tv Charlie Rose PBS March 24, 2011 11:00pm-12:00am PDT
>> rose: welcome to our program. tonight, the foreign minister of morocco on the arab spring and the monarchy in his own country. >> i want to be clear here. the arab league-- 22 countries-- despite a resolution talking about the no-fly zone without hesitation and this position was kept by international community and then by the security council. and the security council, the resolution, the last one, 1993, is binding to all international communities. to all countries. >> rose: we continue with a conversation about the new movie
"miral" directed by julian schnabel based on a novel by rula jebreal. >> it's a palestinian story. it's a story about palestinians. it's a story about people that were on the other side, for me. i have never been on the side of the palestinian or the palestinian side. so i thought it was my job to know the other side and see what the problem is. if we're going to solve this we need to talk to the other side. >> this story is about how the society actually lives the daily life under conflict. it's about their dreams, their hopes, it's about the fact that still today waiting, like on standby, waiting for something to change. they've screamed it so loud and it never changed. >> rose: the arab spring and a new novel by julian schnabel when we continue. a hollywood storyline. it's happening every day, all across america.
every time a storefront opens. or the midnight oil is burned. or when someone chases a dream, not just a dollar. they are small business owners. so if you wanna root for a real hero, support small business. shop small. captioning sponsored by rose communications from our studios in new york city, this is charlie rose. >> rose: we go back to the middle east this evening. unrest has been sweeping across north africa and the middle east since december. it has toppled regimes in
tunisia and egypt. in libya, allied forces are launching air strikes after the u.n. security council voted to impose a no-fly zone last week. and in places like syria, yemen, bahrain, and jordan, protests continue. joining me now is the foreign minister of morocco, taieb fassi-fihri, he was in washington on wednesday to meet with secretary of state hillary clinton. his government has weathered the current storm better than many of its neighbors and i'm sure there's a reason for that. i'm pleased to have the foreign minister at this table for the very first time. welcome. >> thank you. >> rose: really a pleasure to have you here. >> i'm very pleased to be here. because it's an important moment it's important to share with many americans the real situation in our arab... what's called arab world. >> rose: tell me as much as you can about your conversations with secretary clinton. >> we have a long-standing relations with americans and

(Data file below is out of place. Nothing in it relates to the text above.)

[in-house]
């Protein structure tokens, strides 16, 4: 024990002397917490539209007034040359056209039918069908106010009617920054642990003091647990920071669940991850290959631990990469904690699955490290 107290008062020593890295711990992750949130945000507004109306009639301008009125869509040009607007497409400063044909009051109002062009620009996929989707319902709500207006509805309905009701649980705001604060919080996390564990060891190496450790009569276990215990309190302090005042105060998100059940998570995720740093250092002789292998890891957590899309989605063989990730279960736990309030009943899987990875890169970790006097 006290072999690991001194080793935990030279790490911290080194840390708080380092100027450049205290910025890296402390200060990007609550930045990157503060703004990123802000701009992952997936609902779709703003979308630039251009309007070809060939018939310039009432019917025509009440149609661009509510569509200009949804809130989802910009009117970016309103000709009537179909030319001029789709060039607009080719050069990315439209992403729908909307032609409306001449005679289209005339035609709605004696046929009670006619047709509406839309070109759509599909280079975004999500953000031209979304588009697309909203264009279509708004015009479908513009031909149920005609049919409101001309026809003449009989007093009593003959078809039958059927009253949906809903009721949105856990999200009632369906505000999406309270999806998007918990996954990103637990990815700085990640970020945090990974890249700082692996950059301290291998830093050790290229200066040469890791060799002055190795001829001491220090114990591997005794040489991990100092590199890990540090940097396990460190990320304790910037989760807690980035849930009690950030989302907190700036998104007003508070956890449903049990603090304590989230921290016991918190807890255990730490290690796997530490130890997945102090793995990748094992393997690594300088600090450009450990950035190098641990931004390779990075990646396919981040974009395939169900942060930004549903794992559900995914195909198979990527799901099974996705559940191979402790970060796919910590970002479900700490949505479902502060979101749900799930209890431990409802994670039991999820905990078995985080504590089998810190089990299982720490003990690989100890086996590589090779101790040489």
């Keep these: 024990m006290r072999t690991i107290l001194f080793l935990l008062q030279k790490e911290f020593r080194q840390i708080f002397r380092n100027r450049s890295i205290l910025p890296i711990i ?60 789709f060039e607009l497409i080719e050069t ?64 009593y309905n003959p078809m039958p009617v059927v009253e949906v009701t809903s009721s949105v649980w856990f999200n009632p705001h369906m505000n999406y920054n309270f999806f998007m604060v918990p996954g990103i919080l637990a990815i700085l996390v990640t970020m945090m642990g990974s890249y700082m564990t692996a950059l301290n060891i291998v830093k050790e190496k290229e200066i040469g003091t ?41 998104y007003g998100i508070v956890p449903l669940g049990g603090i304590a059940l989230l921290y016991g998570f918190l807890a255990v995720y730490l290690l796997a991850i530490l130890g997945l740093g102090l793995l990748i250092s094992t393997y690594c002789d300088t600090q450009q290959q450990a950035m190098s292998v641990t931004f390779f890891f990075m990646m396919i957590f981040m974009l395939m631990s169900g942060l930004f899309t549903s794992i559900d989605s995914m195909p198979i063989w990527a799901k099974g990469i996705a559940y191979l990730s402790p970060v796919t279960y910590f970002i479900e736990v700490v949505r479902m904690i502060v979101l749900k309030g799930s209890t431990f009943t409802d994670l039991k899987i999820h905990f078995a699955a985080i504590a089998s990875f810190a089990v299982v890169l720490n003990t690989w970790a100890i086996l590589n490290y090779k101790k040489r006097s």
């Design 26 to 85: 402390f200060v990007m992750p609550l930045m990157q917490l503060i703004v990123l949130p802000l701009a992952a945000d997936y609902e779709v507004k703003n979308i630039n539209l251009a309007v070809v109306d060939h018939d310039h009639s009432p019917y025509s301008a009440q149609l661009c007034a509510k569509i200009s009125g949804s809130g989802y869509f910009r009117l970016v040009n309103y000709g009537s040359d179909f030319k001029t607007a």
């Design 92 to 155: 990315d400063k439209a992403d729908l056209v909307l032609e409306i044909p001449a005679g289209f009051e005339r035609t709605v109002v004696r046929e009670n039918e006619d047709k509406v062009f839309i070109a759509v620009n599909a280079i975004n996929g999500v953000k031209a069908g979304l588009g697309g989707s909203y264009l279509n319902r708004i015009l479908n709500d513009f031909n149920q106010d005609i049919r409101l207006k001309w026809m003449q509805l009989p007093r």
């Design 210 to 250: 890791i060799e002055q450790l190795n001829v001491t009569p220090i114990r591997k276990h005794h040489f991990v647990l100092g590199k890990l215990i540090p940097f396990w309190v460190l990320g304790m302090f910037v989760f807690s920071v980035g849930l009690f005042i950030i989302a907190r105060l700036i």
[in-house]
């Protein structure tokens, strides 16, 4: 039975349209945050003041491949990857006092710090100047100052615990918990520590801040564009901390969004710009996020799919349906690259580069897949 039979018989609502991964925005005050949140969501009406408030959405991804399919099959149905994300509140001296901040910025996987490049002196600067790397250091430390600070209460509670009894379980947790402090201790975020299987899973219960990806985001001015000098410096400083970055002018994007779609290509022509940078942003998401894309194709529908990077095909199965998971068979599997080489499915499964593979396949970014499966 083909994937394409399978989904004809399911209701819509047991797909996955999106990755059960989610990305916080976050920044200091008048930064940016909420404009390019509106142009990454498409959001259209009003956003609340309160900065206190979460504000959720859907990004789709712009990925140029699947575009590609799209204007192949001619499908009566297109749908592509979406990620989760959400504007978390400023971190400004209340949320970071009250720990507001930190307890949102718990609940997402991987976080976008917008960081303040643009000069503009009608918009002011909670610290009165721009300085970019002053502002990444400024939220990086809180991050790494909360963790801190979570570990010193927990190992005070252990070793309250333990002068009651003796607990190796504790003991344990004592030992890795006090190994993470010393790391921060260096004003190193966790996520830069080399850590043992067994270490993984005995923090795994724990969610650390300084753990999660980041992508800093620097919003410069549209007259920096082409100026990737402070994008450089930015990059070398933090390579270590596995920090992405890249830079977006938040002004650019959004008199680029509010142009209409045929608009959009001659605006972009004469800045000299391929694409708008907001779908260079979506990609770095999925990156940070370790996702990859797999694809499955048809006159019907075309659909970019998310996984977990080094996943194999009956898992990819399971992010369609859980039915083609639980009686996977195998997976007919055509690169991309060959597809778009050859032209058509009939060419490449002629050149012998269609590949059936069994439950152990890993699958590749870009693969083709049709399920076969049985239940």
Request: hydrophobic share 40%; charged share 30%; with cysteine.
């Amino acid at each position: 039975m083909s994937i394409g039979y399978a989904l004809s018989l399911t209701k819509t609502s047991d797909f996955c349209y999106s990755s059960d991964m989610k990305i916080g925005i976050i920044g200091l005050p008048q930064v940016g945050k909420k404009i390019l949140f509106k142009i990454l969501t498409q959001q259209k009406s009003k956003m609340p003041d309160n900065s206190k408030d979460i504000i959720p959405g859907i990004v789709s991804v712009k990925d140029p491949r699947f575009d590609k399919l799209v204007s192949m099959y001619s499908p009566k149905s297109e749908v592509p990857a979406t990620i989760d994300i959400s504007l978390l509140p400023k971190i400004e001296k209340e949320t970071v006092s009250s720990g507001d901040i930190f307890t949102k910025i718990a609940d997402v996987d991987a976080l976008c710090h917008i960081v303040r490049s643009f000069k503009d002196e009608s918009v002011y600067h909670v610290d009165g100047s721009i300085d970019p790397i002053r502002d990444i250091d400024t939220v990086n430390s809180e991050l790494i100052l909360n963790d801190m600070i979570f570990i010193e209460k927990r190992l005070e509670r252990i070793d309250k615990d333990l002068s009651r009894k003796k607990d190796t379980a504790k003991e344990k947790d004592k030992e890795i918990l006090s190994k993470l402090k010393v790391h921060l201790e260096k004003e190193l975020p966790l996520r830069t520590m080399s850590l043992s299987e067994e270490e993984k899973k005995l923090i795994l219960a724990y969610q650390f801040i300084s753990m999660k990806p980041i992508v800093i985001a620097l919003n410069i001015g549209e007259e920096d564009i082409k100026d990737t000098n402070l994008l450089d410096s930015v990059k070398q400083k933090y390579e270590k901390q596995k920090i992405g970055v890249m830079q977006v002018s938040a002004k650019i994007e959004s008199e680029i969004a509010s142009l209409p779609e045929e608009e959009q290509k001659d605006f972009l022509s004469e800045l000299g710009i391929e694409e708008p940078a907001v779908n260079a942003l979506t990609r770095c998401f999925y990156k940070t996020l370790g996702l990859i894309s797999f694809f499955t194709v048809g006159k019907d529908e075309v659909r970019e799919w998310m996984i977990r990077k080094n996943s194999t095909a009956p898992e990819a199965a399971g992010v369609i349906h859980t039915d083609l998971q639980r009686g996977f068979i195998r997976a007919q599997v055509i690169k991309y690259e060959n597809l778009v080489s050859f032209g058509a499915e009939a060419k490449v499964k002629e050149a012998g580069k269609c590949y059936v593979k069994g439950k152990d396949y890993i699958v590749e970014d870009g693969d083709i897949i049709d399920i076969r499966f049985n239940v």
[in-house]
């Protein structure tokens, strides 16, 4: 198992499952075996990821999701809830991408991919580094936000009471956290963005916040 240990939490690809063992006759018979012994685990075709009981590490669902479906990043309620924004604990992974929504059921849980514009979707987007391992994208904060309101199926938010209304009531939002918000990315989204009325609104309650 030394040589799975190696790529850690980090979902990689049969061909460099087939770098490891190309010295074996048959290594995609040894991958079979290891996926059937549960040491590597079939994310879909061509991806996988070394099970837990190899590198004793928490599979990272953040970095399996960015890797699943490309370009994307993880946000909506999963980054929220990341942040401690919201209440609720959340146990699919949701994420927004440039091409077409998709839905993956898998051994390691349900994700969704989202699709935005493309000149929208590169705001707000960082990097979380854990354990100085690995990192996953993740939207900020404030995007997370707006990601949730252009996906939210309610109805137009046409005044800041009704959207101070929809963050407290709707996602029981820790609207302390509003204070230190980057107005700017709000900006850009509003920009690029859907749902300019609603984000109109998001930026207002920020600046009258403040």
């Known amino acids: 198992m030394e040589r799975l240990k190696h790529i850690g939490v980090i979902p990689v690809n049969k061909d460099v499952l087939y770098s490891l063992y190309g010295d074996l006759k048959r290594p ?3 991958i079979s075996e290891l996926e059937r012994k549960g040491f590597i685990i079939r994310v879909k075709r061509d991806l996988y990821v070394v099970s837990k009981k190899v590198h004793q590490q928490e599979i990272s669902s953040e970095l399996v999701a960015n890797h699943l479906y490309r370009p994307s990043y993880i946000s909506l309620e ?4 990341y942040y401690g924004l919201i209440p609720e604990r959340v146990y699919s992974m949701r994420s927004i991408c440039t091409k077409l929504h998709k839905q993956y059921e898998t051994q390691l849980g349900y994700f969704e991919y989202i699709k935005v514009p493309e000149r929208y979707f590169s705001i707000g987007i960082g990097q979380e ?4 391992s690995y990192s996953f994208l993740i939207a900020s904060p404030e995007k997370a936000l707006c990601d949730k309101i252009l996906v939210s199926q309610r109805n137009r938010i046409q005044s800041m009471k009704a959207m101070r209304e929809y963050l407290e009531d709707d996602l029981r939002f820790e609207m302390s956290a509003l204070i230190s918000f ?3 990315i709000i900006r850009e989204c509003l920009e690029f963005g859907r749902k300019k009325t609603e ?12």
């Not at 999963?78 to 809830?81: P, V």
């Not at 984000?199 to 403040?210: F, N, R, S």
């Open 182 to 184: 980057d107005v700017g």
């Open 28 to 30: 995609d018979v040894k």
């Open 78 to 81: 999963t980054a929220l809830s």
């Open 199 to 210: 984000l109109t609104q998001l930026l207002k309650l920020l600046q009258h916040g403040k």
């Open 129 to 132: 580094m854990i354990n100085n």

morocco was the first country which recognized the independence of u.s.a. and also in morocco you signed, america, the first treaty, trade, and also protection against piracy. and we've done a good job since the beginning. but now i think that u.s.a. tried to encourage the best evolution possible in the arab world because the arab world is not monolithic in terms of political regimes. and the monarchies like in morocco and monarchy in gulf countries, republics, military dictators and we cannot put all the country in the same baskets and morocco started at the beginning immediately after gaining independence. we fight against the party, we established the first constitution in 1962 and since this time, we've amended this